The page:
Goals and Objectives

To assist students in learning to “think sociologically” and to “think scientifically” in the process of defining, analyzing and understanding human behavior. In doing this the department contributes to the complete education of the student, educates the student for world citizenship, provides education for a productive life and educates for a love of learning.


The department offers the major in sociology and minors in sociology, anthropology, and criminal justice. A student may major in sociology and minor in anthropology or criminal justice as well.


The sociology faculty consists of seven full-time professors who teach within the academic program. All faculty are actively engaged in advising students and teaching in various areas of interest.

Why Major in Sociology?

The study of sociology offers us a different way of thinking which better enables us to understand and solve the problems of our world. It provides a shift in thinking that is possible because the domain of sociology is the study of why people relate to one another as they do. It involves the study of our rules for living together. It studies how these rules are created, organized, and perpetuated; how they are broken or changed; and the meaning we give to them.
For those majoring in sociology, sociology will provide five important benefits:

  • we learn more about ourselves and our motivations.
  • we learn how other people affect us.
  • it helps us understand our culture and how to cope with an often difficult society.
  • it helps us become multicultural and global in our understanding and our own relationships.
  • we can learn how to get through each day successfully by developing a sociological
    imagination which allows us to see, understand and deal with the forces affecting us.

What Do Sociology Majors Do?

Students majoring in sociology generally follow one of three career orientations relating to their eventual career:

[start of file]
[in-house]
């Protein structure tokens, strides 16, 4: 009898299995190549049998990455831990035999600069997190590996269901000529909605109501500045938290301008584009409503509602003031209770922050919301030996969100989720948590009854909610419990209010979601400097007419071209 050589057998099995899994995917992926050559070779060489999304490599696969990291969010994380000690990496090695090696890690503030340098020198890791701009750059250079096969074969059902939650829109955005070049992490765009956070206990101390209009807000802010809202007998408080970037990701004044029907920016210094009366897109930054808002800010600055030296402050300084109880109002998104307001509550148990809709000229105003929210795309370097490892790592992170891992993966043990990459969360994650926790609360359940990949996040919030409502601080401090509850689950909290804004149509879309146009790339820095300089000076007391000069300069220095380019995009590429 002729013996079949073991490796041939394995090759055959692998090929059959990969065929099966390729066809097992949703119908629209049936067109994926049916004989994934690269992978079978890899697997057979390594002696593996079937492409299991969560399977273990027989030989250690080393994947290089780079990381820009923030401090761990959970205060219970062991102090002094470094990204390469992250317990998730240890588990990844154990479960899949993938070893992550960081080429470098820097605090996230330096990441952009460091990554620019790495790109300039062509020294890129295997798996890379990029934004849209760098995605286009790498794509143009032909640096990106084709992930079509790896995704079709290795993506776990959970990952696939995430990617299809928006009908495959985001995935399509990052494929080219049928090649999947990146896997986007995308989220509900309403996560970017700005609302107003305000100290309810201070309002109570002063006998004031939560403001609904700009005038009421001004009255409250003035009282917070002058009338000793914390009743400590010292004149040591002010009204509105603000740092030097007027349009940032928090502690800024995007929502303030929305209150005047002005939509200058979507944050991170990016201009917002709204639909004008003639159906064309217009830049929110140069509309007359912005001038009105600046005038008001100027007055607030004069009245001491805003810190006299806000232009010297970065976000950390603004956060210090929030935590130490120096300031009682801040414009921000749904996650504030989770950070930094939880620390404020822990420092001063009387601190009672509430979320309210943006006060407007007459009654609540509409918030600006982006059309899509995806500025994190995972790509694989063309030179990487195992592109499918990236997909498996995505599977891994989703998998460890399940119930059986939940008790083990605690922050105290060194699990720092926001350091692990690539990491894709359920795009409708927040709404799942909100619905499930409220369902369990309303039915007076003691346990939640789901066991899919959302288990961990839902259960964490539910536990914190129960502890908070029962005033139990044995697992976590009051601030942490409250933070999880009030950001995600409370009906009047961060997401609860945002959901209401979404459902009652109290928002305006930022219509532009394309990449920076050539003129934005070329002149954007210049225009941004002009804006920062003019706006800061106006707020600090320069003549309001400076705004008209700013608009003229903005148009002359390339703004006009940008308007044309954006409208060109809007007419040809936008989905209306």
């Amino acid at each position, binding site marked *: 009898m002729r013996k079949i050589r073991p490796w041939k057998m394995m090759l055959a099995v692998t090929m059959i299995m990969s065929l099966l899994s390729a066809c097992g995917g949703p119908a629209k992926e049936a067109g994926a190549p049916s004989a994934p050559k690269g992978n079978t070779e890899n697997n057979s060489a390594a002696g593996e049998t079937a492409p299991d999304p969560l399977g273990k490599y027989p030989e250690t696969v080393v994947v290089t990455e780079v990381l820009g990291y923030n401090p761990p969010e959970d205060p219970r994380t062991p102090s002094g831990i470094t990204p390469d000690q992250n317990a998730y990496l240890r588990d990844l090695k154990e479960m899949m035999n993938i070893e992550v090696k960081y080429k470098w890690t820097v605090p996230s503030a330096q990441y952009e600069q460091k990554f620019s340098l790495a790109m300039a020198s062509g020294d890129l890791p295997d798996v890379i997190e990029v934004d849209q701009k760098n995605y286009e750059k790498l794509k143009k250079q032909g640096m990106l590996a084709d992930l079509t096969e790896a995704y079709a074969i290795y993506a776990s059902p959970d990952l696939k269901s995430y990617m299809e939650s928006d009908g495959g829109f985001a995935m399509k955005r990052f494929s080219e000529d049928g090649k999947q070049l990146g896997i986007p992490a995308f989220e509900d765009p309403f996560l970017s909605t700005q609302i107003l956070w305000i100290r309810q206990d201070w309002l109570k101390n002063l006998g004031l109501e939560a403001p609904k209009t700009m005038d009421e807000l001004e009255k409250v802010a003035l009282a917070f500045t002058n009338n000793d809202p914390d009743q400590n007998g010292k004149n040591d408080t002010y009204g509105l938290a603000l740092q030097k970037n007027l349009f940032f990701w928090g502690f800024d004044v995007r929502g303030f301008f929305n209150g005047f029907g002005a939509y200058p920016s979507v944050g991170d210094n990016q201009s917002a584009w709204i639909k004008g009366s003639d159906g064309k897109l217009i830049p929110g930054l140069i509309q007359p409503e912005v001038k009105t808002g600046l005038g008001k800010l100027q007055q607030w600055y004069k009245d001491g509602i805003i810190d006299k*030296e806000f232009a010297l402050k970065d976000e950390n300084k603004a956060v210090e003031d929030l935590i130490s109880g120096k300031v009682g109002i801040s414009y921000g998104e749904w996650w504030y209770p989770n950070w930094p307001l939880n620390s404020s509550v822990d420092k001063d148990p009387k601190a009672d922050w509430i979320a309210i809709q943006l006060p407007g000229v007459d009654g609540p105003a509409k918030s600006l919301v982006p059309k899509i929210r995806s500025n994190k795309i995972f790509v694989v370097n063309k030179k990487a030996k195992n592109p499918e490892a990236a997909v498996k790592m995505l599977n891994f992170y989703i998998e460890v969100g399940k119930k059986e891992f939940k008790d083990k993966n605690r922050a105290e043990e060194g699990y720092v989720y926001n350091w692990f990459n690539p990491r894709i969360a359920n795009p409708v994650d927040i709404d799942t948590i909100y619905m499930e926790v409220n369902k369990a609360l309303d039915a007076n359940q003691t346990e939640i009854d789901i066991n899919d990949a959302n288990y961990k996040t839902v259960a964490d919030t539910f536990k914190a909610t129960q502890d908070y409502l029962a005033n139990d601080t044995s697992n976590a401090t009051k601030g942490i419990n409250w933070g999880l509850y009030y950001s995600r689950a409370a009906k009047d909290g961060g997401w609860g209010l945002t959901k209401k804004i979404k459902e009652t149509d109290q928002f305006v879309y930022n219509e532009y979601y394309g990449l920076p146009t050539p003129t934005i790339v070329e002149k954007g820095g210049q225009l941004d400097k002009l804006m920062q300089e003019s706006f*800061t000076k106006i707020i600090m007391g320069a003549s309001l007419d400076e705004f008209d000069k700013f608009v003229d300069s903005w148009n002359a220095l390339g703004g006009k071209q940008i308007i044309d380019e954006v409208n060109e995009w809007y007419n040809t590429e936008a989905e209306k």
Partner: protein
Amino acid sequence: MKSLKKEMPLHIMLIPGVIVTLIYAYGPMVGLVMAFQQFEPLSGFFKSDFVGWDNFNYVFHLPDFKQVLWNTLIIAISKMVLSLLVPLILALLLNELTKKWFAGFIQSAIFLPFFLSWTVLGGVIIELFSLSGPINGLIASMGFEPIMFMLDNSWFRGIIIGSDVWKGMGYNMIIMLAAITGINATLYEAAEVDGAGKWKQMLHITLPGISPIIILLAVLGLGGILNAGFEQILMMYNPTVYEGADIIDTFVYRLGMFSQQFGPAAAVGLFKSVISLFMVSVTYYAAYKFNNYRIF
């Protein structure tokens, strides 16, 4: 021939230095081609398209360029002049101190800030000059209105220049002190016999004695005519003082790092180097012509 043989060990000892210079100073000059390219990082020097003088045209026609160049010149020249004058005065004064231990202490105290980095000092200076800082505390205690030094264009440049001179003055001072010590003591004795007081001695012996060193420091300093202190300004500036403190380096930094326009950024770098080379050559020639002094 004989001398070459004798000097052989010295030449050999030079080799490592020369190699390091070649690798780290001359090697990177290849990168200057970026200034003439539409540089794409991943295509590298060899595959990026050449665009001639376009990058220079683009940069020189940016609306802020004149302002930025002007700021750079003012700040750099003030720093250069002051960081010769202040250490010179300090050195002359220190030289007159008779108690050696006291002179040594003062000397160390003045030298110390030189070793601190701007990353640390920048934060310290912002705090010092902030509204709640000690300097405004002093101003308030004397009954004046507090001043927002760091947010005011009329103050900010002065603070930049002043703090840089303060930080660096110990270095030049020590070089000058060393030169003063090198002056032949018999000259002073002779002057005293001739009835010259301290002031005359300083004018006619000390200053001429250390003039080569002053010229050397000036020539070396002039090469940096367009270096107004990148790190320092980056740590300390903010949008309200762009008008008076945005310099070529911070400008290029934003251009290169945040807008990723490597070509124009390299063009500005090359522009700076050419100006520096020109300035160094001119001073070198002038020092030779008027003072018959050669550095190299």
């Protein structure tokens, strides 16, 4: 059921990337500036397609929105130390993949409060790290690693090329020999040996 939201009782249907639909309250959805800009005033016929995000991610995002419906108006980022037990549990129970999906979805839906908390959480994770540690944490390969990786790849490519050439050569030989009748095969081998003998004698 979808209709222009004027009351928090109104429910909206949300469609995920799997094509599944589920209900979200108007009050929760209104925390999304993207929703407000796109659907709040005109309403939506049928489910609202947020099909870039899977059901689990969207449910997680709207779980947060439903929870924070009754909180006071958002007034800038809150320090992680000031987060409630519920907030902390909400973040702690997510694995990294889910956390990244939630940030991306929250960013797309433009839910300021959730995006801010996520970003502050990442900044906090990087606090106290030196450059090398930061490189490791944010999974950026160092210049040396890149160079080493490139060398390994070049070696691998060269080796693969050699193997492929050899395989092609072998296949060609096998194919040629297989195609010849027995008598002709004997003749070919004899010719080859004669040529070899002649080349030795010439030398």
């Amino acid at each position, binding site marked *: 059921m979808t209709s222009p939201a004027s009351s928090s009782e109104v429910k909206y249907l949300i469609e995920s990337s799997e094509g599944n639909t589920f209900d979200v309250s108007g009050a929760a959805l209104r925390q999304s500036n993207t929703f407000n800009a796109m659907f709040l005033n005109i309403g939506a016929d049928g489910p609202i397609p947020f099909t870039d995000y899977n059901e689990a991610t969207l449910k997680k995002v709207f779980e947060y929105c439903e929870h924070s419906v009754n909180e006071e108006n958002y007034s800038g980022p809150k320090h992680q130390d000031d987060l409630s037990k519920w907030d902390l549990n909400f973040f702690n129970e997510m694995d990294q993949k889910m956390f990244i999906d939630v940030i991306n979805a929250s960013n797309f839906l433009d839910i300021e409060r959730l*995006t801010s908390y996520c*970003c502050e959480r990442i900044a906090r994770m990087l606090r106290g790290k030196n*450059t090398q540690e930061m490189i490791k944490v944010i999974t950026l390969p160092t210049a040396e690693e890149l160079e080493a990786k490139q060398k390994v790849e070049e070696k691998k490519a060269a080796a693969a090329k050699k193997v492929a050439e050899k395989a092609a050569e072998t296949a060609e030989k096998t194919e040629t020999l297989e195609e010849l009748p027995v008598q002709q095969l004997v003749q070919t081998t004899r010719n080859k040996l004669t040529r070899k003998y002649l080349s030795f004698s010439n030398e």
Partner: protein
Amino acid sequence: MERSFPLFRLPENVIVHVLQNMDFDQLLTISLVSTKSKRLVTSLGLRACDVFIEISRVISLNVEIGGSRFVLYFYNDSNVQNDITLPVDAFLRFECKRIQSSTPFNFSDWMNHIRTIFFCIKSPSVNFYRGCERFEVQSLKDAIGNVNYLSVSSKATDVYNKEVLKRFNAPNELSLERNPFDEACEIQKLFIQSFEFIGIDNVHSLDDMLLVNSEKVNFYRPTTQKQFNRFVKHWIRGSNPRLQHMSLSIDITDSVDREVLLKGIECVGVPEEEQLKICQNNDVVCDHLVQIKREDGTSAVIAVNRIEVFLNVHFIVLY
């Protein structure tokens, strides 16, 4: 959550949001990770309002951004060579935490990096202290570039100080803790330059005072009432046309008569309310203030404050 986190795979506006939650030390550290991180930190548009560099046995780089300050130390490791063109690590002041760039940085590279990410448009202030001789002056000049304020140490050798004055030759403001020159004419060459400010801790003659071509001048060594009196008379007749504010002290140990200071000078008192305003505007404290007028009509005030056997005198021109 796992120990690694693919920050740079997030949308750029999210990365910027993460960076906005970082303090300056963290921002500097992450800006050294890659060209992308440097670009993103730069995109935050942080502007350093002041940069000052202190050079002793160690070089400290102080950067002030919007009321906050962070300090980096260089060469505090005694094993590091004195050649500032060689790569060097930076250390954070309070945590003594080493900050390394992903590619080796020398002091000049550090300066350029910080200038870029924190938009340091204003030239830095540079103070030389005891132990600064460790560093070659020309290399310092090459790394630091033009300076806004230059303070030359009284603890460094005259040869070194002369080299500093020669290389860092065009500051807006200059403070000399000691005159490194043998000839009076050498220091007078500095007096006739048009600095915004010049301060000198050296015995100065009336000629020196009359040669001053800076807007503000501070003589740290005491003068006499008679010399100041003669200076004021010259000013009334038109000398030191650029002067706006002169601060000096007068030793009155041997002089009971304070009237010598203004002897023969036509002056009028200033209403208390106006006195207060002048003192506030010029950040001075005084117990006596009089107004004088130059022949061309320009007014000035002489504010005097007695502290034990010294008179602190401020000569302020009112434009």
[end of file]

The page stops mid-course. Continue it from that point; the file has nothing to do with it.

1. Professional Orientation: for those seeking a sociology major as preparation for attending professional graduate schools in such fields as law, medicine, architecture, business, clergy, or public administration.
  2. Graduate Sociology Orientation: for students planning to pursue graduate study in sociology as preparation for a career in teaching, pure or applied research, or clinical practice in sociology.
  3. Immediate Career Orientation: for those expecting to seek employment immediately upon graduation. Several career paths are available:
  • criminal justice with jobs in probation and parole, police and corrections, FBI, private investigations, IRS; security, etc.;
  • international/cross cultural with jobs in the Peace Corps, international relations or foreign affairs, international assistance organizations or international business, etc.;
  • sociological practice/human services with jobs in vocational counseling, rehabilitation, recreation, health services, etc.;
  • business/industry with jobs in management, human resources, personnel, marketing, etc.;
  • social action/social change with jobs in community organization, religious work, political advocacy, etc.


Sociology . . .

Almost everything we do, including our own private reflections and fantasies, is done either directly or indirectly, through and with others— groups both large and small. The kinds of groups we belong to help shape the person we become. Sociology is the systematic study of these groups we create and the social arrangements that exist within a society.

Department of Sociology, Anthropology 
and Criminal Justice

326 Kleinpell Fine Arts Building